Here are my standards check tips so you can become a better instructor and pass your test. Watch the video below to see my number one standards check tip that over 90% of driving instructors get wrong.
You can see many more by watching my standards check videos designed for driving instructors wanting to improve their skills.
Client centered learning is essential
You must base the lesson around the pupils needs and not just teach any old topic because it’s what you like best.
The best way to start a lesson is usually to ask the pupil a question such as:
“What would you like to improve today?”
“What do you think could be better about your driving?”
“Is there anything we’ve worked on before that you’d like to get better at?”
“What would you like to be able to do that you can’t do at the moment?”
All those questions show that you’re taking the pupils needs into consideration. The pupil must set the aim of the lesson, not you.
If you have a quiet pupil who can’t answer questions like that then you’re probably taking the wrong pupil for a standards check. Again, that is client centered learning. Don’t force someone to go on a standards check when they clearly don’t want to be there!
Don’t just get in the car and say you’re doing roundabouts because in your mind that’s what you like doing the best and you think you’ll get a good grade for it. If you don’t teach something the pupil needs to be taught and wants to improve on then you will fail.
Risk management is a major part of the test. If you put yourself or anyone else in danger you will fail immediately.
You can read my page on risk management for more videos and advice on it.
Choose your pupil wisely
It’s true that it’s your performance that matters and not the pupils but why make it harder by taking a difficult pupil?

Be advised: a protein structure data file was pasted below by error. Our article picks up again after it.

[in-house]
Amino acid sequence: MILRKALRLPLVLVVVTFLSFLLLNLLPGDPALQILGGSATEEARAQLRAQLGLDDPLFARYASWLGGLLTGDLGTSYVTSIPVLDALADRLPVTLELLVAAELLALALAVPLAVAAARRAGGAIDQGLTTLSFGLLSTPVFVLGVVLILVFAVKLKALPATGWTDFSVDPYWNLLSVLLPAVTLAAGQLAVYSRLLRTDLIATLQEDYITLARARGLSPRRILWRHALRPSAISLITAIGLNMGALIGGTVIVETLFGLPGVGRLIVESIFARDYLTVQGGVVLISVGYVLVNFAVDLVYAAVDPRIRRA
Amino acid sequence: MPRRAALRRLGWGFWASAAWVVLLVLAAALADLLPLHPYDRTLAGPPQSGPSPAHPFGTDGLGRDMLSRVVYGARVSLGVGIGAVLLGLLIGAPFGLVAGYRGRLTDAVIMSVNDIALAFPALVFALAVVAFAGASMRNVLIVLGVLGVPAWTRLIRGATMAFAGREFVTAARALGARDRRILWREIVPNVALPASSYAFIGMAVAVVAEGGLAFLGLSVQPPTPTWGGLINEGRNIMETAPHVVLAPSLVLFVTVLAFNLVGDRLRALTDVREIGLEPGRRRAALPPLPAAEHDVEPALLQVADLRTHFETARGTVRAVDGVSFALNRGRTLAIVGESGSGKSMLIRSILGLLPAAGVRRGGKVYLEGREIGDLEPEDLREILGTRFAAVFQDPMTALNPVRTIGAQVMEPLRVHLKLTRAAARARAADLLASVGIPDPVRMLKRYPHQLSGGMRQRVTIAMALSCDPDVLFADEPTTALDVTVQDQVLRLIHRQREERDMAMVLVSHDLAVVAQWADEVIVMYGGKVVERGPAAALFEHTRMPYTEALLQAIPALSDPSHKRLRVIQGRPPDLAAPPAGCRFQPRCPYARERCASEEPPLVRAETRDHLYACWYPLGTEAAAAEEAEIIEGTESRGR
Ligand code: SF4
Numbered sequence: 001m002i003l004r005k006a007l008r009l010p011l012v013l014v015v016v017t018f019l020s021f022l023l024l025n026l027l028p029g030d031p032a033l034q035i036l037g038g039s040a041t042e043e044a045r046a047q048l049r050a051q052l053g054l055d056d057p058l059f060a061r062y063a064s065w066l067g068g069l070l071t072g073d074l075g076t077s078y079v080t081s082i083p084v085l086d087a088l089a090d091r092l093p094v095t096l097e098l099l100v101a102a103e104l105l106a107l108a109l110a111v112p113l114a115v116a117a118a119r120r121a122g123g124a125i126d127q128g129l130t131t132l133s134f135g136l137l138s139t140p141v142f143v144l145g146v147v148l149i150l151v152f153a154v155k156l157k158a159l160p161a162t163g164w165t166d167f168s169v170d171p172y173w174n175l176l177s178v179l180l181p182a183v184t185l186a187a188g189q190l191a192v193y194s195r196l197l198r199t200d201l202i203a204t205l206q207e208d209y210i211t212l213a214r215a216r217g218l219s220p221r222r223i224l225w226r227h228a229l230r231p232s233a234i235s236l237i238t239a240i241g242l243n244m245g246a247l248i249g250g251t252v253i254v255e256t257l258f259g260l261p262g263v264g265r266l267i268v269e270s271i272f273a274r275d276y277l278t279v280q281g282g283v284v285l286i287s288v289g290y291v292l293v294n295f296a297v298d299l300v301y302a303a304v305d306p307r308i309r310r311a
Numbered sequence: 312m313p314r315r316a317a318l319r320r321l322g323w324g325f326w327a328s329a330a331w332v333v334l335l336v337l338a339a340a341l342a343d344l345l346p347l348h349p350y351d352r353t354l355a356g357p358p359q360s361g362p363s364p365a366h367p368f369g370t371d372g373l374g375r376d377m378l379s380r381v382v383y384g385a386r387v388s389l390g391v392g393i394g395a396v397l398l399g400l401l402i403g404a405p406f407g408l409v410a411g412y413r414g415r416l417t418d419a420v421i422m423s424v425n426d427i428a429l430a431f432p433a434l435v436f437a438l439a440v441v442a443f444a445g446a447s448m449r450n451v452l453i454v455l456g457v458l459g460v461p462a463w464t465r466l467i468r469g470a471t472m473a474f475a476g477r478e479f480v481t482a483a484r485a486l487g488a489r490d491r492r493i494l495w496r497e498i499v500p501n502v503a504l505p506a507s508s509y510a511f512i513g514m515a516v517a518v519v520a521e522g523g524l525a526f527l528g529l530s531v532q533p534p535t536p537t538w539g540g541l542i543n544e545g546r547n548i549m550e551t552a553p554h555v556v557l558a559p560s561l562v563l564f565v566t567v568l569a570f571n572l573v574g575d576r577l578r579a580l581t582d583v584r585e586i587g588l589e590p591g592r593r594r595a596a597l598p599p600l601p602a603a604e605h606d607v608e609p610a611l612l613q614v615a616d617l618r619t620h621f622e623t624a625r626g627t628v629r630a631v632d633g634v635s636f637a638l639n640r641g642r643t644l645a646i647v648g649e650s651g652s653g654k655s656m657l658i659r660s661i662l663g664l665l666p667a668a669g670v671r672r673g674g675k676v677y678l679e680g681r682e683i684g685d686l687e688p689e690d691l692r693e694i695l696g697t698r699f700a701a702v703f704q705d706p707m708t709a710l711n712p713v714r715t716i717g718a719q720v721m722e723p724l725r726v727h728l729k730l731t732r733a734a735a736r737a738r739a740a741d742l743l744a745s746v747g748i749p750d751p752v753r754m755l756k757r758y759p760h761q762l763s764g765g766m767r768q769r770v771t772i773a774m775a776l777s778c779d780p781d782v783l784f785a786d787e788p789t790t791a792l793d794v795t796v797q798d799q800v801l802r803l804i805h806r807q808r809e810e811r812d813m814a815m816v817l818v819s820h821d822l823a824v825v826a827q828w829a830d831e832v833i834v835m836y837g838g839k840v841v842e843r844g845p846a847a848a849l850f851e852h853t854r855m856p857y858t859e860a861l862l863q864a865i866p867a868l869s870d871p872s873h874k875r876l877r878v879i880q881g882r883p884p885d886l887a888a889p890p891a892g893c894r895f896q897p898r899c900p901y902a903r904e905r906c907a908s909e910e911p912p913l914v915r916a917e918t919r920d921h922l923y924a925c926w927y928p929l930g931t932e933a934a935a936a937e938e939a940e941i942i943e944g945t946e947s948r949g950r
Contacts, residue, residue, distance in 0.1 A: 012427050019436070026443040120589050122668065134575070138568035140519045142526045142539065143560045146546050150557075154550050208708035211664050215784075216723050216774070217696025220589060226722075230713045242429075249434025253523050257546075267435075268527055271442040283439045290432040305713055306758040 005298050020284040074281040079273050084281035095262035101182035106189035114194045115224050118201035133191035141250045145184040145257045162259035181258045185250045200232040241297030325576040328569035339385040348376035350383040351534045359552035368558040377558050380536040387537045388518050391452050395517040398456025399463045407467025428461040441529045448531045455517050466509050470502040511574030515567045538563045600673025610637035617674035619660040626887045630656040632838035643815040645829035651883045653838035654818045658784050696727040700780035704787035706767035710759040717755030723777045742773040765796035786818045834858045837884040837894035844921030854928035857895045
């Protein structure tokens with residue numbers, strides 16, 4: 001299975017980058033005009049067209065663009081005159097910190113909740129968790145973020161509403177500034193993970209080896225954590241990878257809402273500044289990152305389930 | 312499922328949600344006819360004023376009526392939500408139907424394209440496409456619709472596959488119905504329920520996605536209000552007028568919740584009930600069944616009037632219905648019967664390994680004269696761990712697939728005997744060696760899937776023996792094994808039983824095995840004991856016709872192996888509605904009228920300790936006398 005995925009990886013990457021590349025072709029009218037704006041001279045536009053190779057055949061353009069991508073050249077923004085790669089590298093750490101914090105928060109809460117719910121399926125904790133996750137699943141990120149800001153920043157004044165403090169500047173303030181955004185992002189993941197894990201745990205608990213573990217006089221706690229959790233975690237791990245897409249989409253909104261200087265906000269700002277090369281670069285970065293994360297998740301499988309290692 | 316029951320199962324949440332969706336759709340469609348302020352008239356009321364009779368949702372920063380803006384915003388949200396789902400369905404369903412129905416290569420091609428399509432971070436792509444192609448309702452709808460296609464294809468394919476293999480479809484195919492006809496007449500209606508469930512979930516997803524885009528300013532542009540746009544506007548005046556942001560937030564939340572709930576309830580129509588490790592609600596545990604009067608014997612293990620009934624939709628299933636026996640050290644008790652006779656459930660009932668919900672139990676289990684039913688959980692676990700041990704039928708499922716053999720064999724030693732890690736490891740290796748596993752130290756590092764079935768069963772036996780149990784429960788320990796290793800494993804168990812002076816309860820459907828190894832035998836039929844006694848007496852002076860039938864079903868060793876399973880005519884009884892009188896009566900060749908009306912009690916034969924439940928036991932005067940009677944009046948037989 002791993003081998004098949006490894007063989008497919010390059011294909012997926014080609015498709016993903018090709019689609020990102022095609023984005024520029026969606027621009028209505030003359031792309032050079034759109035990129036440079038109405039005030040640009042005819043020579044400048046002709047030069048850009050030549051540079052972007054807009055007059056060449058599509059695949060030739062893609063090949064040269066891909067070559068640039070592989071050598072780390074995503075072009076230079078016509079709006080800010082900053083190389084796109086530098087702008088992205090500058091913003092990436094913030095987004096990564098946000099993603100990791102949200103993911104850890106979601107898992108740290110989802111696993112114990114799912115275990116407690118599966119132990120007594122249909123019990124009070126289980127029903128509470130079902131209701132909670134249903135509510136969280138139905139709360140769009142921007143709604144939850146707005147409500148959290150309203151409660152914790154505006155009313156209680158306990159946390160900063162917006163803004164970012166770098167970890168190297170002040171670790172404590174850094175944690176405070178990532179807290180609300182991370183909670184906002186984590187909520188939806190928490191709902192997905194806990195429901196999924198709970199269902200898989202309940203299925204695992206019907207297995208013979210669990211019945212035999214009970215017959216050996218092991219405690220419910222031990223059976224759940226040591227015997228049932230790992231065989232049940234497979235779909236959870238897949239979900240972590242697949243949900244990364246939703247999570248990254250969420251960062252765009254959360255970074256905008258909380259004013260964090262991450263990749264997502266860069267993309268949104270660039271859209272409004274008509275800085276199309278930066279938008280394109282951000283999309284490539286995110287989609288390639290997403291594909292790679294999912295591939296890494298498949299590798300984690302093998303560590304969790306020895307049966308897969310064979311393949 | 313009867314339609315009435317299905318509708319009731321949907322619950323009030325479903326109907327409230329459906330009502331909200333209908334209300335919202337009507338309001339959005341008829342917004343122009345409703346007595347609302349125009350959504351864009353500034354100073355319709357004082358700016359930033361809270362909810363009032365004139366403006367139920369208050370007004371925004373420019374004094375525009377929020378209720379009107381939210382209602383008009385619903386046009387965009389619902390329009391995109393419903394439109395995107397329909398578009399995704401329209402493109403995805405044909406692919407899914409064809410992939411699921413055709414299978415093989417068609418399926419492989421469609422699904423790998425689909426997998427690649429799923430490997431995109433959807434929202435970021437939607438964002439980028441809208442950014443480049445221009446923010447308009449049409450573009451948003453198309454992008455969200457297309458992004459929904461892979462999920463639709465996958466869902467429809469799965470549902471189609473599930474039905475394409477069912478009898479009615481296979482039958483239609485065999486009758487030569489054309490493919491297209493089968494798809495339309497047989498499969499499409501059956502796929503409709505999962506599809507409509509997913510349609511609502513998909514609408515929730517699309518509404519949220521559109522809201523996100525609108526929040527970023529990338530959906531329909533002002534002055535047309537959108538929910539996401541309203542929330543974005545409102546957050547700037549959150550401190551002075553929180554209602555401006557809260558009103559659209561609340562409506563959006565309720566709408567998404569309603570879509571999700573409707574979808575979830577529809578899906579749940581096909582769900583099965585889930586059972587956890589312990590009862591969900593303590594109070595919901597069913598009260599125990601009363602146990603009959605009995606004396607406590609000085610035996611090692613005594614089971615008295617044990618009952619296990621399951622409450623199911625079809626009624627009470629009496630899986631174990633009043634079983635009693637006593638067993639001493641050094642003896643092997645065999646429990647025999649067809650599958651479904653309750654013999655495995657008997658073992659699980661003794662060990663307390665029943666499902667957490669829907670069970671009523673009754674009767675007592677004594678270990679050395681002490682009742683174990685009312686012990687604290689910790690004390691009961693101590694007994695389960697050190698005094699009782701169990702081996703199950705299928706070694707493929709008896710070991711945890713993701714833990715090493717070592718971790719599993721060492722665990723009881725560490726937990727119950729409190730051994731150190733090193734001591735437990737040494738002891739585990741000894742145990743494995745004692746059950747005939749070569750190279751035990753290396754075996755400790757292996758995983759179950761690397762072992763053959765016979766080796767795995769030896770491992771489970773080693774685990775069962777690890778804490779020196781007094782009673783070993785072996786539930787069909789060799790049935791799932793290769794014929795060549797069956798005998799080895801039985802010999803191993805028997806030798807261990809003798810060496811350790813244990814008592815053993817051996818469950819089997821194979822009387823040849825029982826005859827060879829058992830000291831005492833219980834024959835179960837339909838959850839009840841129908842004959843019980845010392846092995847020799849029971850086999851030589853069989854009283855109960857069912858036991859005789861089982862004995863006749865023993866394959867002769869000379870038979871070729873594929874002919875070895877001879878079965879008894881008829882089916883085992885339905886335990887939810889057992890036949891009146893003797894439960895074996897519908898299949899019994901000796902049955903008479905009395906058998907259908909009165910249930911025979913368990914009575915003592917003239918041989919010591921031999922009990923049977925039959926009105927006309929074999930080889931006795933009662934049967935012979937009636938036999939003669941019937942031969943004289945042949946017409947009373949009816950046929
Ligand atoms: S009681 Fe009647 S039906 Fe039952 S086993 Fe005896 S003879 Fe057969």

Why take a quiet pupil that never speaks? That’s going to make it very hard for you because you’ll have no feedback. Why take someone who is going to get very nervous and fall apart?
Choose a pupil that is talkative, will give you feedback and won’t mind having an examiner sitting in the back.
Do something you normally do
Lots of driving instructors fall down by simply trying to do something that they don’t normally do.
A classic example is that many instructors take along a FLH (full licence holder) when they normally only teach learner drivers. The lesson isn’t as good as it needs to be because it’s not something they’re used to doing and it results in a fail.
Here’s a conversation I heard once after a failed standards check:
Examiner – “Do you normally teach full licence holders?”
Instructor – “No.”
Examiner “So why did you bring one for a standards check?”
Do what you normally do! Take a learner if you spend most of your time teaching learners because that’s where your strength is. A standards check is your chance to show what you can do, not what you can’t do!
Train for your standards check
You should always Invest in training for a standards check. Even though I constantly keep up to date with the standards check and deal with it all the time I still take training for my own standards check. Most of my training involves watching my own videos; it’s surprising how much I forget and it’s strange to be watching yourself saying things you’d forgotten about!
Any training is good, it doesn’t have to be with me or any other trainer sitting in on a lesson. If you don’t want me in the car with you then there are other options available on my standards check training page.
A good instructor never just practices to pass a standards check. Good instructors constantly work to improve the standard of their teaching and not just when a standards check comes around.
I have met many people that have failed two standards check and are on their third and final attempt. It’s not a nice situation to be in so don’t leave training until it’s too late. I have seen instructors on the floor in tears in test centres after being told they have failed and will likely be removed from the register. I can’t help you then so get the help now.
Keep your friends close…
You may have heard the saying “Keep your friends close and your enemies closer”. You can apply this principle to the standards check by always assessing your own standards in an honest way and always trying to improve.
By keeping up to date with things and monitoring your standards more regularly, the standards check will no longer be this horrible event that comes crashing into your life every few years. Instead you’ll be used to dealing with it on a day to day basis and when the real one comes along there will be no need to be as concerned.
One reason I make my videos is so I can look back and see how I can improve my teaching. I’m constantly trying to improve and that’s the sign of a good instructor.